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The Ruler from Bethlehem


But you, O Bethlehem of Ephrathah,

who are one of the little clans of Judah,

from you shall come forth for me

one who is to rule in Israel,

whose origin is from of old,

from ancient days.

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2. Beth-lehem Ephratah—(Ge 48:7), or, Beth-lehem Judah; so called to distinguish it from Beth-lehem in Zebulun. It is a few miles southwest of Jerusalem. Beth-lehem means "the house of bread"; Ephratah means "fruitful": both names referring to the fertility of the region.

though thou be little amongthough thou be scarcely large enough to be reckoned among, &c. It was insignificant in size and population; so that in Jos 15:21, &c., it is not enumerated among the cities of Judah; nor in the list in Ne 11:25, &c. Under Rehoboam it became a city: 2Ch 11:6, "He built Beth-lehem." Mt 2:6 seems to contradict Micah, "thou art not the least," But really he, by an independent testimony of the Spirit, confirms the prophet, Little in worldly importance, thou art not least (that is, far from least, yea, the very greatest) among the thousands, of princes of Judah, in the spiritual significance of being the birthplace of Messiah (Joh 7:42). God chooses the little things of the world to eclipse in glory its greatest things (Jud 6:15; Joh 1:46; 1Co 1:27, 28). The low state of David's line when Messiah was born is also implied here.

thousands—Each tribe was divided into clans or "thousands" (each thousand containing a thousand families: like our old English division of counties into hundreds), which had their several heads or "princes"; hence in Mt 2:6 it is quoted "princes," substantially the same as in Micah, and authoritatively explained in Matthew. It is not so much this thousand that is preferred to the other thousands of Judah, but the Governor or Chief Prince out of it, who is preferred to the governors of all the other thousands. It is called a "town" (rather in the Greek, "village"), Joh 7:42; though scarcely containing a thousand inhabitants, it is ranked among the "thousands" or larger divisions of the tribe, because of its being the cradle of David's line, and of the Divine Son of David. Moses divided the people into thousands, hundreds, fifties, and tens, with their respective "rulers" (Ex 18:25; compare 1Sa 10:19).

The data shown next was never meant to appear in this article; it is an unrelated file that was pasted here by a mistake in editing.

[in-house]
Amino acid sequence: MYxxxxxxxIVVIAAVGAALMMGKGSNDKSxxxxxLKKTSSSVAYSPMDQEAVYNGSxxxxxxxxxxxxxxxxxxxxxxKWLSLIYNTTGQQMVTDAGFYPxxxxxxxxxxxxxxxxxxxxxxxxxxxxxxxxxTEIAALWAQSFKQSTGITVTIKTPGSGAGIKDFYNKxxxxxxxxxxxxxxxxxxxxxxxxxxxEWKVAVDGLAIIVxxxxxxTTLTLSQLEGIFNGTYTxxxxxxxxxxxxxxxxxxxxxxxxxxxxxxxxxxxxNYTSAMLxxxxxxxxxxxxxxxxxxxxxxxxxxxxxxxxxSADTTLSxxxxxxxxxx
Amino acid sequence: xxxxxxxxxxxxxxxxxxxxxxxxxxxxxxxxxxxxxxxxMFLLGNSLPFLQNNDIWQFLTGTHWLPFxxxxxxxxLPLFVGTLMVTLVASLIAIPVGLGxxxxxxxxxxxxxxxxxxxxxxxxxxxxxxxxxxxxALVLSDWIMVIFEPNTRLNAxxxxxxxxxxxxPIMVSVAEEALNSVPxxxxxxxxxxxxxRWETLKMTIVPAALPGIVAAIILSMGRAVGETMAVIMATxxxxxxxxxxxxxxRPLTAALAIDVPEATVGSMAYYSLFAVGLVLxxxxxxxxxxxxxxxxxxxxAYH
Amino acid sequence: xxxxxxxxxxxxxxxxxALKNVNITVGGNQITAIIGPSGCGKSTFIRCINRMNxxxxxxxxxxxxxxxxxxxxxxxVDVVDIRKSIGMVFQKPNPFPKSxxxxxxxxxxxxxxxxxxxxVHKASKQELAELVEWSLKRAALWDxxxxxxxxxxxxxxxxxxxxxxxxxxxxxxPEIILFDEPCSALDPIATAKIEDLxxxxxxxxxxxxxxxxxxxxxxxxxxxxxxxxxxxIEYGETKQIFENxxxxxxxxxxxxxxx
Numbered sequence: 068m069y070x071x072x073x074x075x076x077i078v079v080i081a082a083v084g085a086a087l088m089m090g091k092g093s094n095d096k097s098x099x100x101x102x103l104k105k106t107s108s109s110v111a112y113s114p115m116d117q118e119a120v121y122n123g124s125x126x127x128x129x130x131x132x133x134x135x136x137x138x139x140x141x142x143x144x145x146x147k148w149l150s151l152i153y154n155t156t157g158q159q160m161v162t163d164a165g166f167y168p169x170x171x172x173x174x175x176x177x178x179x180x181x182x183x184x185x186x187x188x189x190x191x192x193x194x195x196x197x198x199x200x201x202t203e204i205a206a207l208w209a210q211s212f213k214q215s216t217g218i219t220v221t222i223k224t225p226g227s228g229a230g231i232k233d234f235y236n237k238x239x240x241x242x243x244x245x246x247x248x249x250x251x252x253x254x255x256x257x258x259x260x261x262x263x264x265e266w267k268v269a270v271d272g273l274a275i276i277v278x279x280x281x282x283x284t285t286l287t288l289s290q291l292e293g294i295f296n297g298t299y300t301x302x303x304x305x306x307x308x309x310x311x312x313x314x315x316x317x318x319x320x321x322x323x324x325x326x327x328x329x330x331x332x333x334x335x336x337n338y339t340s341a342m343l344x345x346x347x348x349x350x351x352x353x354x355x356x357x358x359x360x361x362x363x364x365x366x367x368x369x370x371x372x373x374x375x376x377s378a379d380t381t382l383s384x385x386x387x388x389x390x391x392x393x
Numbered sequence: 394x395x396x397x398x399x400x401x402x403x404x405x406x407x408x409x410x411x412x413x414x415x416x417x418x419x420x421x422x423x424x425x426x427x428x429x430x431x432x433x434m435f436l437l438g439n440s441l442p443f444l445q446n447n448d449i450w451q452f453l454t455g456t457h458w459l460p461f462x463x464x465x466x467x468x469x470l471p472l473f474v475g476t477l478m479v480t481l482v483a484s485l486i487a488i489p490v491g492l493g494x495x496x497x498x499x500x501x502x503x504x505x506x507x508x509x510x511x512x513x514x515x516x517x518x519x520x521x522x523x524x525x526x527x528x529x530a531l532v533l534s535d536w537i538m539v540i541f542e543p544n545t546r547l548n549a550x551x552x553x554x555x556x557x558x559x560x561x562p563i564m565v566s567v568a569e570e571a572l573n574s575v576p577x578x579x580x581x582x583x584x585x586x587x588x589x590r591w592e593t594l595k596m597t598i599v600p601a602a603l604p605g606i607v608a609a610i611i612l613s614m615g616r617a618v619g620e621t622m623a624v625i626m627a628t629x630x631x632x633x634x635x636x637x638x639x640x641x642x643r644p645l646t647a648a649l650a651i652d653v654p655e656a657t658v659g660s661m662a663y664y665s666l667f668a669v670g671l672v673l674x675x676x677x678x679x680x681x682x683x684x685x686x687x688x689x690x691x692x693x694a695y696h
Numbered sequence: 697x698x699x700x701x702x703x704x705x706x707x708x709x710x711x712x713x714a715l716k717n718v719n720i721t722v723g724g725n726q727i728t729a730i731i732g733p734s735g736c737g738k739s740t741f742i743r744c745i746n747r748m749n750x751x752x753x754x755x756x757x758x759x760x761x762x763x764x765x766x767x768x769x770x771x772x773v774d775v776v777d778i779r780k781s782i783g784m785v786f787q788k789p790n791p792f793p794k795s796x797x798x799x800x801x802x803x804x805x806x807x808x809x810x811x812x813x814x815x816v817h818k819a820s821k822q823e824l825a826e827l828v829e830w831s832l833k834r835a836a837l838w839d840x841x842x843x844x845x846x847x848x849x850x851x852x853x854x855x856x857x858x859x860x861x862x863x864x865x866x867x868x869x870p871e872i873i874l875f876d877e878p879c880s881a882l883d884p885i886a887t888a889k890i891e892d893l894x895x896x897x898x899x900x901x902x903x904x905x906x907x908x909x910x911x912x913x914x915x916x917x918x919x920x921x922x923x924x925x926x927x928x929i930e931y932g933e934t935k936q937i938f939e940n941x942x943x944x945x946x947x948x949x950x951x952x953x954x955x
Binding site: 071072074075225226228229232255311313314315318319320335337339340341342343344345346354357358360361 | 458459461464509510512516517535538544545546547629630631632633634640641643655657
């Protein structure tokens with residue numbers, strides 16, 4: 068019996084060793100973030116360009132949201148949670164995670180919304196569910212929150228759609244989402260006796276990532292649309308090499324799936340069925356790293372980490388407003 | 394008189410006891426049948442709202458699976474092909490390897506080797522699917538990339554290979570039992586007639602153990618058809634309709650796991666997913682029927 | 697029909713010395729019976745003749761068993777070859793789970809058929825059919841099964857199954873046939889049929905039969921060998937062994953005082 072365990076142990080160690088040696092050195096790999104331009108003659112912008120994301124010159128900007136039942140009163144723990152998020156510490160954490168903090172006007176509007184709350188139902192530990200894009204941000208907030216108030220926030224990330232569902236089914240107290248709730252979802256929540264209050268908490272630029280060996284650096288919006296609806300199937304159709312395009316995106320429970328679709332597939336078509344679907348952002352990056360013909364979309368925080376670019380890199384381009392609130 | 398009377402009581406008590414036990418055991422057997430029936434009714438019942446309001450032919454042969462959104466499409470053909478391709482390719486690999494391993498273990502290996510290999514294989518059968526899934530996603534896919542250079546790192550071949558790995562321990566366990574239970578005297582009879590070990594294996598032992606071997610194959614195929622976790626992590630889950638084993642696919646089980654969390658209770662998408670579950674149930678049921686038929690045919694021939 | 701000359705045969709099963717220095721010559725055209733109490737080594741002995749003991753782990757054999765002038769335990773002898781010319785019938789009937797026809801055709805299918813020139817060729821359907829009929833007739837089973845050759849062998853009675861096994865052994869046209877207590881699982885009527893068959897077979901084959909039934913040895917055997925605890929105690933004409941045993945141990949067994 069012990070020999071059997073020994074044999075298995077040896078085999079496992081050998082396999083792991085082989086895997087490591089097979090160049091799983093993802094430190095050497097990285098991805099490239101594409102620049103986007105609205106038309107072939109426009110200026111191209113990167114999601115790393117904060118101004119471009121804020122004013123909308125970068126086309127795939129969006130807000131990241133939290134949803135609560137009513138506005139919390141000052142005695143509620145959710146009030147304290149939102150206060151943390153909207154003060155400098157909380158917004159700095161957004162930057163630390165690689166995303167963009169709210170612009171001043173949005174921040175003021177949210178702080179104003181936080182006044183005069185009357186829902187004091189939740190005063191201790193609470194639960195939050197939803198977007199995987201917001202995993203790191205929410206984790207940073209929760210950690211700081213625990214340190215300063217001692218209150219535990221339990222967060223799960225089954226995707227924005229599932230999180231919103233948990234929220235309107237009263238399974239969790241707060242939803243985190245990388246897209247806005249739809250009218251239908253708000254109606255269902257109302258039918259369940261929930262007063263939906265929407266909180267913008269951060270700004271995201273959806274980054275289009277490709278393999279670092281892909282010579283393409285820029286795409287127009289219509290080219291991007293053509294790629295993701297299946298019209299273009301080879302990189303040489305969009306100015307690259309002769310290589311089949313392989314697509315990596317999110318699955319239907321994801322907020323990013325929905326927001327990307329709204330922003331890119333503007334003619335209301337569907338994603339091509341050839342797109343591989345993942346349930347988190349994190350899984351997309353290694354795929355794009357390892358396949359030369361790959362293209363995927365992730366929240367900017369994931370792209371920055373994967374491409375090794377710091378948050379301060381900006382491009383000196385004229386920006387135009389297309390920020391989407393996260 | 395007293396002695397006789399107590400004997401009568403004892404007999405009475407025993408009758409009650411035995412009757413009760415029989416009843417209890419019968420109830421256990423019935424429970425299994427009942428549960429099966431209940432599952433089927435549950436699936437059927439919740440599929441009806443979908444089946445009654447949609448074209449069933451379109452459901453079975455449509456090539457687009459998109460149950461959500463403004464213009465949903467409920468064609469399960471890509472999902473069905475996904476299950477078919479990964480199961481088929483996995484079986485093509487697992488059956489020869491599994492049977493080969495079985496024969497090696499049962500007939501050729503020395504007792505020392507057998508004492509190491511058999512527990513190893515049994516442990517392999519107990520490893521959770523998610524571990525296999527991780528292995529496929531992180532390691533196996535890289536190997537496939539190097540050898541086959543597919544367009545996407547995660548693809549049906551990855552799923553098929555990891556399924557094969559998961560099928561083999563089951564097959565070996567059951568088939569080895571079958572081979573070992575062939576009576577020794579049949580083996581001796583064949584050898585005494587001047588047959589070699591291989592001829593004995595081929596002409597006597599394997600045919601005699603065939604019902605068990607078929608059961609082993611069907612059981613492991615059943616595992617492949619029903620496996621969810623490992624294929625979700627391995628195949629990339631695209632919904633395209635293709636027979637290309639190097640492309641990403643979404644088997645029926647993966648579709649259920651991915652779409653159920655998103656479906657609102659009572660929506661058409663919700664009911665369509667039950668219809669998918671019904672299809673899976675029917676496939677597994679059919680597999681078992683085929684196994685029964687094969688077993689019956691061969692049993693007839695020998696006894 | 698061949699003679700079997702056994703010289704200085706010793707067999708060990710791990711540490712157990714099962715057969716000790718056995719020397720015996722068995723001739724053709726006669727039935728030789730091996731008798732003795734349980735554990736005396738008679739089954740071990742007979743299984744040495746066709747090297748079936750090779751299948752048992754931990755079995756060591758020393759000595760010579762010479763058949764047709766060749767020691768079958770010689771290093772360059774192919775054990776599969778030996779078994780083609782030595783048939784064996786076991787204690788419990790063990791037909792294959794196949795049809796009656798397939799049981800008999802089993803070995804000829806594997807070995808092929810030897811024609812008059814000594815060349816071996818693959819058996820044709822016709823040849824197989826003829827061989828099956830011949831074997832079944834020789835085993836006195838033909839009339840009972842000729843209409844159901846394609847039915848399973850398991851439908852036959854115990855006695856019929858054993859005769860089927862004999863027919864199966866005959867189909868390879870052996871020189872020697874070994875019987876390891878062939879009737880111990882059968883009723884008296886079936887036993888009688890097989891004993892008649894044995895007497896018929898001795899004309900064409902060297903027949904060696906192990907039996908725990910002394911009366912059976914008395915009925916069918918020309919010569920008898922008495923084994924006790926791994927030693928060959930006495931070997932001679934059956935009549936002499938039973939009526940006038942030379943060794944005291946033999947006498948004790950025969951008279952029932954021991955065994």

unto me—unto God the Father (Lu 1:32): to fulfil all the Father's will and purpose from eternity. So the Son declares (Ps 2:7; 40:7, 8; Joh 4:34); and the Father confirms it (Mt 3:17; 12:18, compare with Isa 42:1). God's glory is hereby made the ultimate end of redemption.

ruler—the "Shiloh," "Prince of peace," "on whose shoulders the government is laid" (Ge 49:10; Isa 9:6). In 2Sa 23:3, "He that ruleth over men must be just," the same Hebrew word is employed; Messiah alone realizes David's ideal of a ruler. Also in Jer 30:21, "their governor shall proceed from the midst of them"; answering closely to "out of thee shall come forth the ruler," here (compare Isa 11:1-4).

goings forth … from everlasting—The plain antithesis of this clause, to "come forth out of thee" (from Beth-lehem), shows that the eternal generation of the Son is meant. The terms convey the strongest assertion of infinite duration of which the Hebrew language is capable (compare Ps 90:2; Pr 8:22, 23; Joh 1:1). Messiah's generation as man coming forth unto God to do His will on earth is from Beth-lehem; but as Son of God, His goings forth are from everlasting. The promise of the Redeemer at first was vaguely general (Ge 3:15). Then the Shemitic division of mankind is declared as the quarter in which He was to be looked for (Ge 9:26, 27); then it grows clearer, defining the race and nation whence the Deliverer should come, namely, the seed of Abraham, the Jews (Ge 12:3); then the particular tribe, Judah (Ge 49:10); then the family, that of David (Ps 89:19, 20); then the very town of His birth, here. And as His coming drew nigh, the very parentage (Mt 1:1-17; Lu 1:26-35; 2:1-7); and then all the scattered rays of prophecy concentrate in Jesus, as their focus (Heb 1:1, 2).